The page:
6 Things Nobody Tells You Regarding Sex After 60

“Toss out the old scripts about what sex includes, how it looks, how long it takes, or whether one or more partners experiences orgasm,” says Melanie Davis, PhD, a nationally certified sexuality educator and creator of “Our Whole Lives: Sexuality Education for Older Adults,” a series of sexuality workshops for adults over 50. “Sex is better after 60 if we accept change and adapt to it.”

1. “Aging Out” of sex is Not a thing!

Don’t think of sex as a carton of milk that can go sour if too old – think of sex as more of a fine wine that improves over time. “The presumption is that sex is for younger, fitter, and—according to what we see reflected in our media—more attractive people,” Davis says. But a comprehensive national study of sexuality and health among older adults shows that most people want and need sex well past 60, and continue to have it often—even well into their 80s.

“You can be sexual as long as you want to be,” says Lonnie Barbach, PhD, a clinical psychologist, author of The Pause: Positive Approaches to Menopause and Periomenopause, and co-founder of Happy Couple, an app designed to help couples grow closer. “It has nothing to do with how young you are; it has to do with your relationship and the person you're with.”

2. How you define ‘good sex’ may change over time

When you are young, sex can be something like imitating the energizer bunny. It can be frantic, fast and explosive (not to mention athletic!) However, as your body slows down over the decades, sex can become more gently, soft and more of a ‘slow burn’ instead of an intense bonfire. “It's not about how often you have sex and it's not about how many positions you can be in. It's really about sexual pleasure, and your relationship and connection you have with your partner,” says Barbach.

3. Physical Problems can be Overcome

By the time your are 60, chances are the menopausal not flashes have flamed out (or at least settled into a dug roar!) This can be a good thing but it can also mean that vaginal dryness is now a ‘thing’. It can also mean that fluxuating hormone kevels have decreased your desire levels.

These potential barriers to sex are normal in aging bodies, but there's no need to throw in the towel at the first sign of trouble. Talk to your doctor about treatments that can get you back in the business of getting busy. Taking care of yourself will go a long way toward increasing your libido. “Exercise and good nutrition can help a great deal, both physically and emotionally, to help older adults feel vigorous, healthy, and sexually interested,” says Davis.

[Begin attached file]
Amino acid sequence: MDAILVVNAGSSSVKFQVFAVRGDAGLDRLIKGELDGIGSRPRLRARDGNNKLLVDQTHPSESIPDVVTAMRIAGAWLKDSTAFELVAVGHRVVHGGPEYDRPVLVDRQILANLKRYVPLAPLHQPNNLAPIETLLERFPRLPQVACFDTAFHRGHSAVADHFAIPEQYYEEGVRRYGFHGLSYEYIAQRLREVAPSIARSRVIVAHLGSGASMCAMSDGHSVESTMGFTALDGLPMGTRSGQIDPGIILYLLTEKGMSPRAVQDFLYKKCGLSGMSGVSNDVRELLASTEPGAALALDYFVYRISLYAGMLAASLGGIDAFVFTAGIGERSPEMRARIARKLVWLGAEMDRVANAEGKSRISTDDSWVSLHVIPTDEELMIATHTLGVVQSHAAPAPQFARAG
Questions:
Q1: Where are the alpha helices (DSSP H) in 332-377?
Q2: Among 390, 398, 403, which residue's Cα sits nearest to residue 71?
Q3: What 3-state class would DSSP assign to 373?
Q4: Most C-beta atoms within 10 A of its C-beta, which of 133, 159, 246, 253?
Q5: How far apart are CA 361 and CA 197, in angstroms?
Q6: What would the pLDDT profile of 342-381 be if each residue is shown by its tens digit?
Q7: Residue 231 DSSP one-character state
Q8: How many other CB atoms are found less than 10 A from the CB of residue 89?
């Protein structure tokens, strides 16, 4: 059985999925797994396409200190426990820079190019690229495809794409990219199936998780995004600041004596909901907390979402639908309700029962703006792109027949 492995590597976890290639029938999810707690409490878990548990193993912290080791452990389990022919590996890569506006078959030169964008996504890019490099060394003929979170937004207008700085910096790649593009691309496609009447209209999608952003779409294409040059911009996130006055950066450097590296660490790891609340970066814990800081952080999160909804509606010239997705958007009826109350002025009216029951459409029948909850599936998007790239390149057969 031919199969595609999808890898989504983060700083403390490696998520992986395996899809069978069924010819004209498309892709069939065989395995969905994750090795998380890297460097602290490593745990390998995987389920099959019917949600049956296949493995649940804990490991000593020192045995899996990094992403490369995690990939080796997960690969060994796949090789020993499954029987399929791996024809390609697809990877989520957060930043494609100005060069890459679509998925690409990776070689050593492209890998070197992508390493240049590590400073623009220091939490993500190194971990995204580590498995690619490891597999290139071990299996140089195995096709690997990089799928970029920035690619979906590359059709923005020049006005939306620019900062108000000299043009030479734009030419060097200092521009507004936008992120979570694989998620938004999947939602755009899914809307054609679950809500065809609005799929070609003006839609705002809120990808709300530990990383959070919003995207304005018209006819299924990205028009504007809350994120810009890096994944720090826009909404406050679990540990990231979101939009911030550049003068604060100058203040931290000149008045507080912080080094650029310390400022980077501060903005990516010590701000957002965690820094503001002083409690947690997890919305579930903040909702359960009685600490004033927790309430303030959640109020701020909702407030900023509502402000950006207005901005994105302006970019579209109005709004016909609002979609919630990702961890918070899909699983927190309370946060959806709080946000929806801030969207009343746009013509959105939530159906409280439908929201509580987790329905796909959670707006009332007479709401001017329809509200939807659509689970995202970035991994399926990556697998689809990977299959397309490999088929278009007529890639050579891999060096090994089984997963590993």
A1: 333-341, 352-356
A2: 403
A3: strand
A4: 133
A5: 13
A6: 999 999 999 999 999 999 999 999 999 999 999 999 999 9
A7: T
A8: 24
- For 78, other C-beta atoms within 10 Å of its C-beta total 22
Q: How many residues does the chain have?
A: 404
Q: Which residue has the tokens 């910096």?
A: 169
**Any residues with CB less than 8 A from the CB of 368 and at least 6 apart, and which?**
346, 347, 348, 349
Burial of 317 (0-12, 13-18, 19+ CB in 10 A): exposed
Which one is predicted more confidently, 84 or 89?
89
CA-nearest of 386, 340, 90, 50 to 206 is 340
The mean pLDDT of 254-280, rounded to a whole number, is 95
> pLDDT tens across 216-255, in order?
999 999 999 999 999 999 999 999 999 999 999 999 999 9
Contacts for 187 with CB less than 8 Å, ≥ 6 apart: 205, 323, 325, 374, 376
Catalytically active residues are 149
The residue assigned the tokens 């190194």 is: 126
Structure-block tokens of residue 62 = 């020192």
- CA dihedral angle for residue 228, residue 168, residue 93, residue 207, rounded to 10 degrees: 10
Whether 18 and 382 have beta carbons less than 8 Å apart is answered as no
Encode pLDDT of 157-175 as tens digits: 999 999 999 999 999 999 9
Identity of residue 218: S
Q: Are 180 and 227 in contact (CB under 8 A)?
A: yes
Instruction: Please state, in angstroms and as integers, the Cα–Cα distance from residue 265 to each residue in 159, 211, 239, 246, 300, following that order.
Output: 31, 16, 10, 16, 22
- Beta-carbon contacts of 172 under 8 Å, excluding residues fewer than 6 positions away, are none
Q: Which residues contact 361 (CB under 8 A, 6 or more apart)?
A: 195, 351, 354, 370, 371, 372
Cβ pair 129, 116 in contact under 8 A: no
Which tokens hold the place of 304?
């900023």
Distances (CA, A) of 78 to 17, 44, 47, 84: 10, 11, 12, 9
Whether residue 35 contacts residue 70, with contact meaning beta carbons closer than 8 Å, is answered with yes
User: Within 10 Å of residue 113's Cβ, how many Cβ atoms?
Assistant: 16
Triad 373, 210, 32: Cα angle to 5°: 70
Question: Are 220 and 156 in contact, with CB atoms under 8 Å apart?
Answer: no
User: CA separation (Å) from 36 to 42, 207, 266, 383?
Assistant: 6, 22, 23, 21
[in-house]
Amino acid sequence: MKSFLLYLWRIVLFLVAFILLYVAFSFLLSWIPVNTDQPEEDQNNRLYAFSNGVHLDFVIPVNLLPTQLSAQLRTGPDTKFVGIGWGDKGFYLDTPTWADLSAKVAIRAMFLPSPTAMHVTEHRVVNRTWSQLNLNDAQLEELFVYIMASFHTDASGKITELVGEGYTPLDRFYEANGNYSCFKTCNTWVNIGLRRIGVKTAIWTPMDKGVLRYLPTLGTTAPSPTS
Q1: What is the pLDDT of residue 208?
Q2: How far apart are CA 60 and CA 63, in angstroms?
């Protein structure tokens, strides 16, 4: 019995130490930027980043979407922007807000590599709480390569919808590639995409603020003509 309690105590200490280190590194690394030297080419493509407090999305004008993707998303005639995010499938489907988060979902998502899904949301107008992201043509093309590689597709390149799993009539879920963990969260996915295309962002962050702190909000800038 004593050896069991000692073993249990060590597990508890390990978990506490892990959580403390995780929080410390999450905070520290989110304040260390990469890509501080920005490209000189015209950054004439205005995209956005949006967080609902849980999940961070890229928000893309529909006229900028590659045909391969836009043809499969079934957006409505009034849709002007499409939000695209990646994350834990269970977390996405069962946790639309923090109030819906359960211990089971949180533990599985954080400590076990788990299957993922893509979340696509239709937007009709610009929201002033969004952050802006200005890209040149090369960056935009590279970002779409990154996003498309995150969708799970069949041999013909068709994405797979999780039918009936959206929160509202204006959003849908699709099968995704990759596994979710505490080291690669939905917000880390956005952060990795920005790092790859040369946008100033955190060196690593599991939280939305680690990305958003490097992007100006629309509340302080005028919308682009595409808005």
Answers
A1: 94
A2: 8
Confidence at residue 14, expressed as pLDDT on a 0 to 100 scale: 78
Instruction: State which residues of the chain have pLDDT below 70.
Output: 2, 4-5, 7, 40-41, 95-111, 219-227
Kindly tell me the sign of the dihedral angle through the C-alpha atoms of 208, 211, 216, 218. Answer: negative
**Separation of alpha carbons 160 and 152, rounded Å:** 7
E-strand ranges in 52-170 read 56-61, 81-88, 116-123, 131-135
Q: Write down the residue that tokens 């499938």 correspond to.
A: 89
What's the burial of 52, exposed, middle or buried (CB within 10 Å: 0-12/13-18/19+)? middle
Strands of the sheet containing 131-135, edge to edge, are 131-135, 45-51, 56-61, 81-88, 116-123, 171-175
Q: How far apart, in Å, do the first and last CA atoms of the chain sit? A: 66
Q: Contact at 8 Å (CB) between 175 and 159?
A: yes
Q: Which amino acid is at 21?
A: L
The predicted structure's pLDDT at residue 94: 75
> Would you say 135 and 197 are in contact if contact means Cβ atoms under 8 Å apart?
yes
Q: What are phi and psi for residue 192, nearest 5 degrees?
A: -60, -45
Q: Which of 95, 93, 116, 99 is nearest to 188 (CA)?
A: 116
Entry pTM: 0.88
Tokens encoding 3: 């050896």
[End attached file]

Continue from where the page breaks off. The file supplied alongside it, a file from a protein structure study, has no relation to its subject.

4. You may need more time to reach orgasm.

Your days of “the quickie” may be behind you, as both men and women tend to take longer to get aroused and orgasm as they age. “What once literally came easily takes more time and attention, and that's not a bad thing,” says Davis. In fact, it can be more satisfying to go slowly and intentionally. You can get creative and find new ways to enjoy yourself or your partner, which means that sex becomes more about the journey and less about the destination.

However, communication is still key. “That's the major thing that makes a difference between couples who have a good sex life and keep it going, and those who don't,” says Barbach. “If you don't talk about it, you can't adapt.”

5. You have more time to enjoy sex.

Being retired (and most likely an ‘empty nester’) means you have fewer demand on your time – so use that time wisely! Sex can be any time and any where the mood strikes. “You don't have to have sex just late at night,” says Barbach. Another bonus: with a period permanently out of the picture, pregnancy scares are a thing of the past, and there are no more pills or diaphragms to mess with. And—if you're in a long-term monogamous partnership—there's no more fumbling with a condom in the heat of the moment. (Just remember that if there's any chance your partner could have an STD, condoms are still a must no matter your age.)

6. Use it or Lose it!

There are many ways to deal with any physical or mental issues getting in the way of your enjoyment of sex. Don’t be afraid to ask for help taking out any obstacles to your regular and healthy sex life.

Excerpts from the following article: https://www.prevention.com/sex/g20432982/sex-after-60/